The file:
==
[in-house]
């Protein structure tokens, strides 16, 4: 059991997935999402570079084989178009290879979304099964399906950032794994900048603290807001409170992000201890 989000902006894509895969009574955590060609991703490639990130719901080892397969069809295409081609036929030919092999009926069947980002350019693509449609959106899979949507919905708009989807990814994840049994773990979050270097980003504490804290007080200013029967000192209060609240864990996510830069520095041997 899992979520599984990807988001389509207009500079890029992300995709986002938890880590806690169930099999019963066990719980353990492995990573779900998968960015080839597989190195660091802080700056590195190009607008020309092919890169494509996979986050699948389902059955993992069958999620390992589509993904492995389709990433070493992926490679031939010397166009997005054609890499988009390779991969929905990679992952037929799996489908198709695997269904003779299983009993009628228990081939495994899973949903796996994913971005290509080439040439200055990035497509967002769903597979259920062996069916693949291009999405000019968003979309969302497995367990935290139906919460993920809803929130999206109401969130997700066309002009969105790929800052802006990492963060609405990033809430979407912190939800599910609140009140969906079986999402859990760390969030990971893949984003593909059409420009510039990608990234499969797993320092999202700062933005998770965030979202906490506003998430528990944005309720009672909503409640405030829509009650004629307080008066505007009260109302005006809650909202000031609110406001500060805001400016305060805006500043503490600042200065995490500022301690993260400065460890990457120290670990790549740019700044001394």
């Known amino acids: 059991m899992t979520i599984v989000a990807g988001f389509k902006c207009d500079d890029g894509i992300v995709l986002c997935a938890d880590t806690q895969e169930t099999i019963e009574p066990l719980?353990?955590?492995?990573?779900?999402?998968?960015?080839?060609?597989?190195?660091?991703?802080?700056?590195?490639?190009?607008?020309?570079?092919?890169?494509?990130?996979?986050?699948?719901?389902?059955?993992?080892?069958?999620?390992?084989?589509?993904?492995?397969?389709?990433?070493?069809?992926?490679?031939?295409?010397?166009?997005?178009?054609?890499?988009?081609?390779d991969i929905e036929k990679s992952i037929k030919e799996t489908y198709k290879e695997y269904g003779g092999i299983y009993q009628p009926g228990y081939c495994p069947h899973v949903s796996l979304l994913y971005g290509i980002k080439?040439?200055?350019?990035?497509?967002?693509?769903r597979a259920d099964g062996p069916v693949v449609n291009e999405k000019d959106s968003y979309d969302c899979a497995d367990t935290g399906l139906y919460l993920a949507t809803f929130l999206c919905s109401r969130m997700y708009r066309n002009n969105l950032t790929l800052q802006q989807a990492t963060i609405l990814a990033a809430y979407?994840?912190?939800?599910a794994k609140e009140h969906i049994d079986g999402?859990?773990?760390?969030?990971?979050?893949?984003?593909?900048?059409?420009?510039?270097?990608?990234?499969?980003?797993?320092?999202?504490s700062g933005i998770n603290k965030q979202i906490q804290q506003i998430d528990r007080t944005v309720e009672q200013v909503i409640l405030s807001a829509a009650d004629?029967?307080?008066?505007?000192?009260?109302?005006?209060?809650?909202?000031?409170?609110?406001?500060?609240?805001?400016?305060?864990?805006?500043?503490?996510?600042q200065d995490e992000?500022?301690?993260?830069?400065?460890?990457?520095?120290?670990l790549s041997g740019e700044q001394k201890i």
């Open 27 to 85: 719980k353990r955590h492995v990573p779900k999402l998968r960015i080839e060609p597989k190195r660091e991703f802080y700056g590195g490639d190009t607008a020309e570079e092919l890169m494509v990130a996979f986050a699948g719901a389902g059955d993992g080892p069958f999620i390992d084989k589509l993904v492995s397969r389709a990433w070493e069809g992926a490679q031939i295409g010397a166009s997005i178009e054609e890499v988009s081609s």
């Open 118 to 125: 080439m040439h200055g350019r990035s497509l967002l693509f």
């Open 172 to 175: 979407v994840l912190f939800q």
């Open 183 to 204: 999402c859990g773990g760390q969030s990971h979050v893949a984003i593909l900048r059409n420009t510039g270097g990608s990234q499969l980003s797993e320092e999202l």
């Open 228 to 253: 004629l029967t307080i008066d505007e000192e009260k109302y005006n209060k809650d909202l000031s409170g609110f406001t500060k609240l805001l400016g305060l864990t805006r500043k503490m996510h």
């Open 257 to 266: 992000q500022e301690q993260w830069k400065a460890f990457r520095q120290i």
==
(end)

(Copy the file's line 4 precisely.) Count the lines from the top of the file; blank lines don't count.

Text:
């Open 27 to 85: 719980k353990r955590h492995v990573p779900k999402l998968r960015i080839e060609p597989k190195r660091e991703f802080y700056g590195g490639d190009t607008a020309e570079e092919l890169m494509v990130a996979f986050a699948g719901a389902g059955d993992g080892p069958f999620i390992d084989k589509l993904v492995s397969r389709a990433w070493e069809g992926a490679q031939i295409g010397a166009s997005i178009e054609e890499v988009s081609s």